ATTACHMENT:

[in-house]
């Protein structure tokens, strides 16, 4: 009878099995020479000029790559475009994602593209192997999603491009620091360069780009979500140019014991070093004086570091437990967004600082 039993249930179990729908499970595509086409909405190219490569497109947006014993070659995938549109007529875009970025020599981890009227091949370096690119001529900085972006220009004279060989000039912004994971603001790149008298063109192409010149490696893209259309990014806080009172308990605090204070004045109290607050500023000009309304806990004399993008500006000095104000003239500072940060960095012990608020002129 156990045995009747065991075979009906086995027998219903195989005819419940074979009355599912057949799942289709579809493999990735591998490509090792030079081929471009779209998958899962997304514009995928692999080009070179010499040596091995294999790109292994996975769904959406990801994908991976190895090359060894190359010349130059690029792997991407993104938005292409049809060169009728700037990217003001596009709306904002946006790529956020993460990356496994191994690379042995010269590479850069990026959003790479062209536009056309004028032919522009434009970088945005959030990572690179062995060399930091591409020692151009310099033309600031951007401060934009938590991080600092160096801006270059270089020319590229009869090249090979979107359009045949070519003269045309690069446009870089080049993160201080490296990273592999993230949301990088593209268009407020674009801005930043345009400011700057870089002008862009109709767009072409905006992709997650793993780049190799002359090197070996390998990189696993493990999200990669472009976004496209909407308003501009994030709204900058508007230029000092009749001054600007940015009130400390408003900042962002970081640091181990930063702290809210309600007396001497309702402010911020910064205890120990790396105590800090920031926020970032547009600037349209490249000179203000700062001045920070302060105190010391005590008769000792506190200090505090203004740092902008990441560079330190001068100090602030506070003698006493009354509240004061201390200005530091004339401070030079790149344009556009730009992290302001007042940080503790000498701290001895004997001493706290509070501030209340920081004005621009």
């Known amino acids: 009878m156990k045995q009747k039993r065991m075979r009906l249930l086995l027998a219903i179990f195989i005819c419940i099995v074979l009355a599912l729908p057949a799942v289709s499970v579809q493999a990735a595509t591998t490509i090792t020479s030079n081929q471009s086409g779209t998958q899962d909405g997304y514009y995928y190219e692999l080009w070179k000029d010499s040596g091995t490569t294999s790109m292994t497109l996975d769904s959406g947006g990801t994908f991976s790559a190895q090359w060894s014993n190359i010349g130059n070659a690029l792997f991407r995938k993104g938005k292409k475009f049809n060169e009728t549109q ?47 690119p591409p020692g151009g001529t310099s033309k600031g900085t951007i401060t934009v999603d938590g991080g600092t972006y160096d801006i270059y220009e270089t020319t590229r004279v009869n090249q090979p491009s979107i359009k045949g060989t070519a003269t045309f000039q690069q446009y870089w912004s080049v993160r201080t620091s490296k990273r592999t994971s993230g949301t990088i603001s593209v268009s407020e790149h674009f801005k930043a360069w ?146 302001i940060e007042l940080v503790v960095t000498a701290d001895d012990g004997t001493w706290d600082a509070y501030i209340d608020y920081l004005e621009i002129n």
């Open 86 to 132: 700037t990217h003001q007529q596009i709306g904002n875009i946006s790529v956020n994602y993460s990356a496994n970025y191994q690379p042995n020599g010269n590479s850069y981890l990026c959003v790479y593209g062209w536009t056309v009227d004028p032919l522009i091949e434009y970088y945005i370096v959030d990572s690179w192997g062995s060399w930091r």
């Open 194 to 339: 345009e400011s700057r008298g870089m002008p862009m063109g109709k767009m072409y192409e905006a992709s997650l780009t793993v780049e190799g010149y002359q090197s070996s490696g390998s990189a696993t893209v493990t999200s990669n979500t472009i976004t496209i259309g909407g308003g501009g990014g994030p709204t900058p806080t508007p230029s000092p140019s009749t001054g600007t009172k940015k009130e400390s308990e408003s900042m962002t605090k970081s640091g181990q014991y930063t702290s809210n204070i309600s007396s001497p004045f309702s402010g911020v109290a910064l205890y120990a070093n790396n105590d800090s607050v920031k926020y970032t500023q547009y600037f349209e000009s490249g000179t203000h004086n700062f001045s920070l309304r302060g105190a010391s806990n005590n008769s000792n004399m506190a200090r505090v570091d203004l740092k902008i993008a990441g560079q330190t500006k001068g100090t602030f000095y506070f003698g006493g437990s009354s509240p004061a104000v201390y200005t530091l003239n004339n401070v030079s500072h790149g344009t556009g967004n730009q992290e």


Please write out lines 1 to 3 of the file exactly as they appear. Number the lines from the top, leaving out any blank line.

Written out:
[in-house]
């Protein structure tokens, strides 16, 4: 009878099995020479000029790559475009994602593209192997999603491009620091360069780009979500140019014991070093004086570091437990967004600082 039993249930179990729908499970595509086409909405190219490569497109947006014993070659995938549109007529875009970025020599981890009227091949370096690119001529900085972006220009004279060989000039912004994971603001790149008298063109192409010149490696893209259309990014806080009172308990605090204070004045109290607050500023000009309304806990004399993008500006000095104000003239500072940060960095012990608020002129 156990045995009747065991075979009906086995027998219903195989005819419940074979009355599912057949799942289709579809493999990735591998490509090792030079081929471009779209998958899962997304514009995928692999080009070179010499040596091995294999790109292994996975769904959406990801994908991976190895090359060894190359010349130059690029792997991407993104938005292409049809060169009728700037990217003001596009709306904002946006790529956020993460990356496994191994690379042995010269590479850069990026959003790479062209536009056309004028032919522009434009970088945005959030990572690179062995060399930091591409020692151009310099033309600031951007401060934009938590991080600092160096801006270059270089020319590229009869090249090979979107359009045949070519003269045309690069446009870089080049993160201080490296990273592999993230949301990088593209268009407020674009801005930043345009400011700057870089002008862009109709767009072409905006992709997650793993780049190799002359090197070996390998990189696993493990999200990669472009976004496209909407308003501009994030709204900058508007230029000092009749001054600007940015009130400390408003900042962002970081640091181990930063702290809210309600007396001497309702402010911020910064205890120990790396105590800090920031926020970032547009600037349209490249000179203000700062001045920070302060105190010391005590008769000792506190200090505090203004740092902008990441560079330190001068100090602030506070003698006493009354509240004061201390200005530091004339401070030079790149344009556009730009992290302001007042940080503790000498701290001895004997001493706290509070501030209340920081004005621009």
């Known amino acids: 009878m156990k045995q009747k039993r065991m075979r009906l249930l086995l027998a219903i179990f195989i005819c419940i099995v074979l009355a599912l729908p057949a799942v289709s499970v579809q493999a990735a595509t591998t490509i090792t020479s030079n081929q471009s086409g779209t998958q899962d909405g997304y514009y995928y190219e692999l080009w070179k000029d010499s040596g091995t490569t294999s790109m292994t497109l996975d769904s959406g947006g990801t994908f991976s790559a190895q090359w060894s014993n190359i010349g130059n070659a690029l792997f991407r995938k993104g938005k292409k475009f049809n060169e009728t549109q ?47 690119p591409p020692g151009g001529t310099s033309k600031g900085t951007i401060t934009v999603d938590g991080g600092t972006y160096d801006i270059y220009e270089t020319t590229r004279v009869n090249q090979p491009s979107i359009k045949g060989t070519a003269t045309f000039q690069q446009y870089w912004s080049v993160r201080t620091s490296k990273r592999t994971s993230g949301t990088i603001s593209v268009s407020e790149h674009f801005k930043a360069w ?146 302001i940060e007042l940080v503790v960095t000498a701290d001895d012990g004997t001493w706290d600082a509070y501030i209340d608020y920081l004005e621009i002129n």